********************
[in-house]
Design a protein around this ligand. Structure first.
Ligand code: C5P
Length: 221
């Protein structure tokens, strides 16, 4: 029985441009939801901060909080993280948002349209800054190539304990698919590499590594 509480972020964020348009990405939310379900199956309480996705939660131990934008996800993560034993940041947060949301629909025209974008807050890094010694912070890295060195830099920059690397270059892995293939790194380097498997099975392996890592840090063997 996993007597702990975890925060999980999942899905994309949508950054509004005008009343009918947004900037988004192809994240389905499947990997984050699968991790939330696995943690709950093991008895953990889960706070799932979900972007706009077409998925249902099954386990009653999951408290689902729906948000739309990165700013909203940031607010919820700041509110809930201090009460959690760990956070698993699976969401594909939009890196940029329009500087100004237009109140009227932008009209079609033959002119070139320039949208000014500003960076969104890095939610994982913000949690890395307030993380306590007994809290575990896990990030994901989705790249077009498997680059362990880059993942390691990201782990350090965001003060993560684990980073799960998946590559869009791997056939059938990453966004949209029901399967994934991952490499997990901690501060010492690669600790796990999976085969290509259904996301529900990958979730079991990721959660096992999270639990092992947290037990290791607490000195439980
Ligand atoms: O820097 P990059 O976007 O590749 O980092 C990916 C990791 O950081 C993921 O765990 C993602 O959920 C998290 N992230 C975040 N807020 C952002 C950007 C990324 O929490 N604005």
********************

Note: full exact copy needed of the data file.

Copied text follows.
[in-house]
Design a protein around this ligand. Structure first.
Ligand code: C5P
Length: 221
């Protein structure tokens, strides 16, 4: 029985441009939801901060909080993280948002349209800054190539304990698919590499590594 509480972020964020348009990405939310379900199956309480996705939660131990934008996800993560034993940041947060949301629909025209974008807050890094010694912070890295060195830099920059690397270059892995293939790194380097498997099975392996890592840090063997 996993007597702990975890925060999980999942899905994309949508950054509004005008009343009918947004900037988004192809994240389905499947990997984050699968991790939330696995943690709950093991008895953990889960706070799932979900972007706009077409998925249902099954386990009653999951408290689902729906948000739309990165700013909203940031607010919820700041509110809930201090009460959690760990956070698993699976969401594909939009890196940029329009500087100004237009109140009227932008009209079609033959002119070139320039949208000014500003960076969104890095939610994982913000949690890395307030993380306590007994809290575990896990990030994901989705790249077009498997680059362990880059993942390691990201782990350090965001003060993560684990980073799960998946590559869009791997056939059938990453966004949209029901399967994934991952490499997990901690501060010492690669600790796990999976085969290509259904996301529900990958979730079991990721959660096992999270639990092992947290037990290791607490000195439980
Ligand atoms: O820097 P990059 O976007 O590749 O980092 C990916 C990791 O950081 C993921 O765990 C993602 O959920 C998290 N992230 C975040 N807020 C952002 C950007 C990324 O929490 N604005």